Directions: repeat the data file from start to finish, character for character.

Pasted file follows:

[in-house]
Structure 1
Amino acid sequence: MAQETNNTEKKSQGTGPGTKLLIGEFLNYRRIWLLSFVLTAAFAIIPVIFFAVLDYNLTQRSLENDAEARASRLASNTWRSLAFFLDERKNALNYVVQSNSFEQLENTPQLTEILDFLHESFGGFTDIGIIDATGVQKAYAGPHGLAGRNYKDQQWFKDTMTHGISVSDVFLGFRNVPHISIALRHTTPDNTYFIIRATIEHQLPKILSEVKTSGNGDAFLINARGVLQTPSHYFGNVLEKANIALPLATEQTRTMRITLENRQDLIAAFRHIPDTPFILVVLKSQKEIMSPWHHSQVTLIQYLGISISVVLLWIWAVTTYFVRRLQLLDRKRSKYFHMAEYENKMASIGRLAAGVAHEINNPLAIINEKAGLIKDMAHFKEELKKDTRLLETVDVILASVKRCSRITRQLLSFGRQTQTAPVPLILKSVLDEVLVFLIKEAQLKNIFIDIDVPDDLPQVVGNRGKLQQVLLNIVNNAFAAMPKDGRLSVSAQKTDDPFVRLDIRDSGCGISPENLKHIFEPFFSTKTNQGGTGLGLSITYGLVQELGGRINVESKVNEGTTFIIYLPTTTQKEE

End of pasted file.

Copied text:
[in-house]
Structure 1
Amino acid sequence: MAQETNNTEKKSQGTGPGTKLLIGEFLNYRRIWLLSFVLTAAFAIIPVIFFAVLDYNLTQRSLENDAEARASRLASNTWRSLAFFLDERKNALNYVVQSNSFEQLENTPQLTEILDFLHESFGGFTDIGIIDATGVQKAYAGPHGLAGRNYKDQQWFKDTMTHGISVSDVFLGFRNVPHISIALRHTTPDNTYFIIRATIEHQLPKILSEVKTSGNGDAFLINARGVLQTPSHYFGNVLEKANIALPLATEQTRTMRITLENRQDLIAAFRHIPDTPFILVVLKSQKEIMSPWHHSQVTLIQYLGISISVVLLWIWAVTTYFVRRLQLLDRKRSKYFHMAEYENKMASIGRLAAGVAHEINNPLAIINEKAGLIKDMAHFKEELKKDTRLLETVDVILASVKRCSRITRQLLSFGRQTQTAPVPLILKSVLDEVLVFLIKEAQLKNIFIDIDVPDDLPQVVGNRGKLQQVLLNIVNNAFAAMPKDGRLSVSAQKTDDPFVRLDIRDSGCGISPENLKHIFEPFFSTKTNQGGTGLGLSITYGLVQELGGRINVESKVNEGTTFIIYLPTTTQKEE